How consumers can protect their rights when shopping online
When a consumer shops online, all the usual consumer rights apply.
The business must:
Whether a business is in Australia or overseas, consumers will have a better chance of resolving any problems with products or services if they buy from a business that:
- has a good reputation - check online reviews before purchase
- displays clear steps for solving problems and giving replacements and refunds
- displays clear systems for keeping consumers’ personal and financial information safe
- displays a phone number, a physical address and an Australian Business Number or other business registration number.
Consumers should keep copies of all documents, including emails, receipts, item descriptions and electronic records of auction bids.
In some situations, the consumer’s card provider may reverse a charge if the consumer paid by credit card and didn’t receive the product or service. Consumers should check with their card provider. Time limits may apply.
Services like PayPal can also issue refunds in some situations if the seller doesn’t resolve the issue. Check these service providers’ terms and conditions to see if and when these refund promises apply.
Overseas online businesses and purchases
When an online business is based overseas and provides goods or services directly to consumers in Australia, the business must follow the Australian Consumer Law. This includes rules on the consumer guarantees.
In practice, it can be difficult to get a repair, replacement or refund from an overseas business if there is a problem with a product or service, and Where to go for consumer help can only provide limited help.
When consumers are not covered by Australian Consumer Law
Consumers are not covered by the Australian Consumer Law if the business doesn’t directly offer their products and services in Australia.
For example, a consumer won’t be covered by the Australian Consumer Law:
- when buying from an overseas business if they have a product sent to an overseas address first, before having it forwarded to Australia
- if the transaction between the business and consumer occurred entirely overseas, for example when the consumer was also overseas.
Types of online businesses
There are many platforms that act as a marketplace for businesses and other people to sell their products to consumers. These online platforms can be on websites or apps.
As a consumer using these platforms you have consumer guarantees rights against the seller you buy from on the platform. For example, when you buy a product on eBay, the product comes from the seller, not from eBay. So, your consumer guarantees rights apply to the seller you buy from, not the platform itself.
If you make a purchase through a platform and the online seller doesn’t resolve a problem, the platform may be able to help, depending on the situation. You should contact the platform to check their policies in these situations.
Auction websites and apps
There are different types of online auction businesses, and different rules apply to each type.
Marketplace online auctions (such as eBay)
In marketplace online auctions, a business like eBay sets up the platform and provides rules and guidelines. From that point on, individual buyers and sellers mostly deal directly with each other.
When consumers buy products through a marketplace online auction business:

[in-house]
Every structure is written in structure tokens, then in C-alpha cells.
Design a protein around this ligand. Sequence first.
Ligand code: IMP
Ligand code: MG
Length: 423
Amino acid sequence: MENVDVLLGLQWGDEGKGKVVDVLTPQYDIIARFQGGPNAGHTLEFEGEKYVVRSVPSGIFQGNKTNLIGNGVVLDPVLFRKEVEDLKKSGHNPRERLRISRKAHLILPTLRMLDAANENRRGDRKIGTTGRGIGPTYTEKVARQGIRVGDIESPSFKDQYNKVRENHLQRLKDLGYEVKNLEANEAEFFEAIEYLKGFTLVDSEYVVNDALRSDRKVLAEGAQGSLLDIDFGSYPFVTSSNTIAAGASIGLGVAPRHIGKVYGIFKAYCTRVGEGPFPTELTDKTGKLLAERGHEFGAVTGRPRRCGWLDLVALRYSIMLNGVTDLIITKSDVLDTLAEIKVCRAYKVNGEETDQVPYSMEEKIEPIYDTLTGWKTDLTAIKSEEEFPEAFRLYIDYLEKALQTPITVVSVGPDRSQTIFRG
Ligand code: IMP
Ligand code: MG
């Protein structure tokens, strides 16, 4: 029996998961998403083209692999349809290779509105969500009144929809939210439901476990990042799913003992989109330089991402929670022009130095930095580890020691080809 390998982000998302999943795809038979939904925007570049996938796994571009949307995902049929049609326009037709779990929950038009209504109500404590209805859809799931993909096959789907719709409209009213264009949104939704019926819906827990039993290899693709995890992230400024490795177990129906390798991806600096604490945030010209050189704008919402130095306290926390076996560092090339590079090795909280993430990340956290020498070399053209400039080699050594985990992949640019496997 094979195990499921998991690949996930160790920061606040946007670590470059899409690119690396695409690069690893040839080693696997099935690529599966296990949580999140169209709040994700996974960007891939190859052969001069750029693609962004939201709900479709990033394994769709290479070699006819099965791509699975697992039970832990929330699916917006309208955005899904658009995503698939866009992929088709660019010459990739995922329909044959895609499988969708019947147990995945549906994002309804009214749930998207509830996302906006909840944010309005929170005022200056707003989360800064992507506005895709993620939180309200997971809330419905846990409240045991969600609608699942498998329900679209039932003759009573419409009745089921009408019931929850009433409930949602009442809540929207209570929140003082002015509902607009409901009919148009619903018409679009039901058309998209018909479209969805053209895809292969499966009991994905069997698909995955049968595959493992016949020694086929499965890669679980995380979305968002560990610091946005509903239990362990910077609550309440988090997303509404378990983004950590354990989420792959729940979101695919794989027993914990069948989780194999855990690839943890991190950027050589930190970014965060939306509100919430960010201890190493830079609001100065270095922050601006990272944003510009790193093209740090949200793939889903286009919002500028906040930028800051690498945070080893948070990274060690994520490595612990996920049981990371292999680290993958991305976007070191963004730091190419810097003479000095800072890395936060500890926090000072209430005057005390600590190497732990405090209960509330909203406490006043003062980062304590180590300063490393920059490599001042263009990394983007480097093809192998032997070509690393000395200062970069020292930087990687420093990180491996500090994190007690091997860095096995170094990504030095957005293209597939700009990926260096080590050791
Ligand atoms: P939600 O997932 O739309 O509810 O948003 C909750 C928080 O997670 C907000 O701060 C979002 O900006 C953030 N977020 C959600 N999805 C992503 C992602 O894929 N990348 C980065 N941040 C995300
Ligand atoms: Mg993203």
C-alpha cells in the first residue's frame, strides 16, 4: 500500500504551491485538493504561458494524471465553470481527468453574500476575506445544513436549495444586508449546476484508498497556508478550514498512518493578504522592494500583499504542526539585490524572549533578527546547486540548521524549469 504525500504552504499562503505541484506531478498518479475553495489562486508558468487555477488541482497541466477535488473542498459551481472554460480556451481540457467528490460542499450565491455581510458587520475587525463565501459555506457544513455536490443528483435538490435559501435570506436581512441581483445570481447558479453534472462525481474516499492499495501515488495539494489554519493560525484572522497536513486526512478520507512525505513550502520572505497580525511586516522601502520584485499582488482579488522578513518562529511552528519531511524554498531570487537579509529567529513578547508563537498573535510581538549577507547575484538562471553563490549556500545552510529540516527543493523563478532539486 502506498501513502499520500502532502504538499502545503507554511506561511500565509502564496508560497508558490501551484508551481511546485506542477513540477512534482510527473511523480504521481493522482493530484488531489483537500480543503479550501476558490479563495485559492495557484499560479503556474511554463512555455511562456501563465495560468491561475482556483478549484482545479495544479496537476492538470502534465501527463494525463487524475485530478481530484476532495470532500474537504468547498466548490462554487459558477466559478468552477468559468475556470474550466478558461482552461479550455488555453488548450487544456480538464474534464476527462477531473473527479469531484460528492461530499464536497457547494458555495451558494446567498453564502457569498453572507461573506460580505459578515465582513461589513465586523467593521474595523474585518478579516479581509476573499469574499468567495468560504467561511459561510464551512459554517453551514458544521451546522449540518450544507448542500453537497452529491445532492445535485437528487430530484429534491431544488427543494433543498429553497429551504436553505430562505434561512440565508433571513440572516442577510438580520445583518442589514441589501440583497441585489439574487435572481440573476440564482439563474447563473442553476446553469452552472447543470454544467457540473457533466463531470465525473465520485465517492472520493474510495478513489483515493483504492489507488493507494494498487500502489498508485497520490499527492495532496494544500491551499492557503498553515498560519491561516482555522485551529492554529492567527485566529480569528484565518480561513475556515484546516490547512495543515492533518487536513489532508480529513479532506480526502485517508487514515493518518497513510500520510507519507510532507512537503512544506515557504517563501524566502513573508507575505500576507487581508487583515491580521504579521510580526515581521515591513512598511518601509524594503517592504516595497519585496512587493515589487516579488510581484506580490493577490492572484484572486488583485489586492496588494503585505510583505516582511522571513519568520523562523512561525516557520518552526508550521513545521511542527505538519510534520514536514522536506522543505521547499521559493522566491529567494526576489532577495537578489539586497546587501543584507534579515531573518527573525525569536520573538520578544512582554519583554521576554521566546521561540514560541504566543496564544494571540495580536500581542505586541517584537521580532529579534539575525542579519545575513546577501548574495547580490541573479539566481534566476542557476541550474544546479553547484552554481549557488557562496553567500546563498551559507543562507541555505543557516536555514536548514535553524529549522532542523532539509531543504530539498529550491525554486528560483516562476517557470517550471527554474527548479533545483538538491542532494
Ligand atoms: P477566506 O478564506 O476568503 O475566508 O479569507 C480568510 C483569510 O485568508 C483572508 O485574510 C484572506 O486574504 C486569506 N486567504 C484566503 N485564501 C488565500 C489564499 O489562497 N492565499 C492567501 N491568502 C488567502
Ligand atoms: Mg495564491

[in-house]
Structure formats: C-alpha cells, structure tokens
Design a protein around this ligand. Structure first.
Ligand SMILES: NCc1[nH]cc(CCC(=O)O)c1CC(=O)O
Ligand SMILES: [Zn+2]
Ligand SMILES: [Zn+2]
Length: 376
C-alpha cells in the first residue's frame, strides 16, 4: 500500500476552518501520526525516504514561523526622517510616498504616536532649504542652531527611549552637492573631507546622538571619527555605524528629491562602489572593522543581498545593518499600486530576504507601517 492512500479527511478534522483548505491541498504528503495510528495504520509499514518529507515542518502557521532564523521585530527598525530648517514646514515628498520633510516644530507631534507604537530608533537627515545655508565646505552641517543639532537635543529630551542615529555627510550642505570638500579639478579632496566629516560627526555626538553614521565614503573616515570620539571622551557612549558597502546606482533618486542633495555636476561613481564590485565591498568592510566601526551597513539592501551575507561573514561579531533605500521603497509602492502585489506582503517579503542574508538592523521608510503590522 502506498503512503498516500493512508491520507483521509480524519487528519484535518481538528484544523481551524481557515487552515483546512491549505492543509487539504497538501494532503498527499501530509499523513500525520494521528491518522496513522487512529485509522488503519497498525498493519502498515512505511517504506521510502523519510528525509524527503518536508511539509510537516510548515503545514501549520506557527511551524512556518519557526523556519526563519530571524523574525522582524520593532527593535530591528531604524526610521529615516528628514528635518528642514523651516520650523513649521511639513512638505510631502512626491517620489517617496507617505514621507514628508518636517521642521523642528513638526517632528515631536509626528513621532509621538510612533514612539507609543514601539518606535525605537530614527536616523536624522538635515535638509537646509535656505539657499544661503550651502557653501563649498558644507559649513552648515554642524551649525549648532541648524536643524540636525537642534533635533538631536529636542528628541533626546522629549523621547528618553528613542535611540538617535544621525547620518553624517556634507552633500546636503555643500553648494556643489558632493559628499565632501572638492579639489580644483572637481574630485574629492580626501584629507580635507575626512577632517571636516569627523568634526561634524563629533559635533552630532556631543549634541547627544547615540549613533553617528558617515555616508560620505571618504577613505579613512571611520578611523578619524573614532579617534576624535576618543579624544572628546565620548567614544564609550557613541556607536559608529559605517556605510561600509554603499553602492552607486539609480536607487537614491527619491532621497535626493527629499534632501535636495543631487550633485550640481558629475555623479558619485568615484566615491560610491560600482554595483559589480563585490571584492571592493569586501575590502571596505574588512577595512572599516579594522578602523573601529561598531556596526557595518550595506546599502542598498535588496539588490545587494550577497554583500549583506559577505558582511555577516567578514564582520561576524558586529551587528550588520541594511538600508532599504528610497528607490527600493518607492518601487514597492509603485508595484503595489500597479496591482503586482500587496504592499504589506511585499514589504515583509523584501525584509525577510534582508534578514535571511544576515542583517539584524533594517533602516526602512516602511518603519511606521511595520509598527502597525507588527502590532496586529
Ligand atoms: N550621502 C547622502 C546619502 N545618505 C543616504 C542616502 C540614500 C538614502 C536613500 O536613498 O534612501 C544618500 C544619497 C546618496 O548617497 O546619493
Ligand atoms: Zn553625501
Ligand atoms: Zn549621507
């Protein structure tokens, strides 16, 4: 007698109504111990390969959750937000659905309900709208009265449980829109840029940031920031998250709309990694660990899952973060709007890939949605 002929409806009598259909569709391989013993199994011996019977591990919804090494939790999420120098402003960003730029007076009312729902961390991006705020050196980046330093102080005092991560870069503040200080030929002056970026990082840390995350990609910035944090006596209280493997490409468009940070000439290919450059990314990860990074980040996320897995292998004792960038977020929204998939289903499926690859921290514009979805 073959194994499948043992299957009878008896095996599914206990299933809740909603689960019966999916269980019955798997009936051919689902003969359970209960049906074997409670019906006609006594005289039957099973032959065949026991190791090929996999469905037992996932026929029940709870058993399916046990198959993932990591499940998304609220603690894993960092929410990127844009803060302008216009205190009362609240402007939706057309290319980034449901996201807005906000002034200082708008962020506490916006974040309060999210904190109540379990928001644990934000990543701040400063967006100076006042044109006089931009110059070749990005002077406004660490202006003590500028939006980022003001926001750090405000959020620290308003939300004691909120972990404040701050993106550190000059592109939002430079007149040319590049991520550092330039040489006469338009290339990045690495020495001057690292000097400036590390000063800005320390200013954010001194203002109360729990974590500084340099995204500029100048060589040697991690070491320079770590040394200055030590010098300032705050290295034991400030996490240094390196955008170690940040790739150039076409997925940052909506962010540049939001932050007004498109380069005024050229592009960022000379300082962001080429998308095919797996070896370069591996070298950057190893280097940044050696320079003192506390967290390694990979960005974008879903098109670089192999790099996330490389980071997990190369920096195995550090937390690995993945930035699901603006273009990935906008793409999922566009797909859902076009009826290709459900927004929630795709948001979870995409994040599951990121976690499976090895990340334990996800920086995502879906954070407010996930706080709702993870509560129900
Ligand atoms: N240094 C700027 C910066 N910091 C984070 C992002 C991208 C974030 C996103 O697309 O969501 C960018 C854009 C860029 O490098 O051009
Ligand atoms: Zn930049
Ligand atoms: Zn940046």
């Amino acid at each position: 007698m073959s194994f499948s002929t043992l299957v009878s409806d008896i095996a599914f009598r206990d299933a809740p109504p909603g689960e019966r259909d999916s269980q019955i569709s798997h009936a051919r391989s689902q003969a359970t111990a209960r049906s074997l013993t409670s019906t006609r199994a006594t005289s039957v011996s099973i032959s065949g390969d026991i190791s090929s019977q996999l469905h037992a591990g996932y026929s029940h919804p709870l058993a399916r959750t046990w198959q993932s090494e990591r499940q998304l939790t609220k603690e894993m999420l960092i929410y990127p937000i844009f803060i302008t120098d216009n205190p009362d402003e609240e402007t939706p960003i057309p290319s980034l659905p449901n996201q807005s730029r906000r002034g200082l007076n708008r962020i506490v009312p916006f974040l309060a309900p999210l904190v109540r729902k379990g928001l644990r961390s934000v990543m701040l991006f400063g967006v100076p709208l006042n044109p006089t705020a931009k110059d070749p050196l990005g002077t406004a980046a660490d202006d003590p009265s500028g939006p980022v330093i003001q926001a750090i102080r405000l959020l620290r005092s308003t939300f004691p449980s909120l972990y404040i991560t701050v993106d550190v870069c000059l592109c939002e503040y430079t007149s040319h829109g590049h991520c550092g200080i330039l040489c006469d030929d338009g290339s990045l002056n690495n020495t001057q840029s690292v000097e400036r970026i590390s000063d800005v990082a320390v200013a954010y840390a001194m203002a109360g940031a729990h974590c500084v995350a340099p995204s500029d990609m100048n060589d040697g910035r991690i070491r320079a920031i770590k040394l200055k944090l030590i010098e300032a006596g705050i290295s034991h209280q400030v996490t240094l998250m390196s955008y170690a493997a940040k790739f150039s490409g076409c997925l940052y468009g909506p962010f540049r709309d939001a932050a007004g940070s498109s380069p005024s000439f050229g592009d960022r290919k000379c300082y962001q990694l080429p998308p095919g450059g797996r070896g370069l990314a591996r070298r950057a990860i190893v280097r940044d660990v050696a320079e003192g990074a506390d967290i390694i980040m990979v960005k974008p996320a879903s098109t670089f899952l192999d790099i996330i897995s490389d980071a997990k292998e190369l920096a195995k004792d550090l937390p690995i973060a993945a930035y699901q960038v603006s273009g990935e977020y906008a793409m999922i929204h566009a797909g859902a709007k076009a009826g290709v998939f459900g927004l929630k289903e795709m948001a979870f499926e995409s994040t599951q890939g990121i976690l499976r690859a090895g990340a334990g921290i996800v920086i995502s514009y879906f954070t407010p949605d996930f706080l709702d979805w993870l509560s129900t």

- it’s up to the seller of the product or service, not the owner of the platform, to resolve most problems
- if the seller is a private individual and not running a business, some consumer guarantees do not apply.
Traditional auctions (such as Grays)
With traditional auctions buyers and sellers do not deal directly with each other. Instead buyers and sellers deal with each other through an auctioneer (in this case, the online business) who acts as an agent for the seller.
Not all consumer guarantees apply when products are bought through a traditional auction, whether online or not.
However, consumers still have other rights when buying through a traditional auction process. For example, the online auction business can’t mislead consumers about things like the features or standard of the products, or their prices.
Auctions conducted by businesses
Some online businesses use auctions to sell their own products without using an agent. When this happens, all the normal consumer guarantees apply.
‘Buy it now’ option
Some auction sites give consumers an option to buy now without having to bid. If a consumer chooses to buy immediately, whatever the type of auction site, they have all the usual consumer rights, unless the seller is a private individual and not running a business.
Sharing economy and gig economy websites and apps
The sharing economy (also known as the gig economy) connects consumers to people who have products or services to sell, hire or lease via an online platform. It includes services such as Airbnb, Uber and Airtasker.
When using one of these services, it can be difficult to work out who to contact if there is a problem. For example, contacting the owner of the platform, the person providing the service, or both. Before using a platform to buy a product or service consumers should check the platform's policies on what to do if something goes wrong.
All the normal consumer rights will apply when purchasing gig economy services. For example, both the platforms and the businesses offering their products and services on the platforms can’t mislead consumers.
All the normal consumer guarantees also apply. Whether it is the platform, or a business supplying their product or service through the platform, that is required to meet particular consumer guarantees will depend on the situation.
If the person on the platform providing the product or service is a private individual and is not running a business, some consumer guarantees do not apply.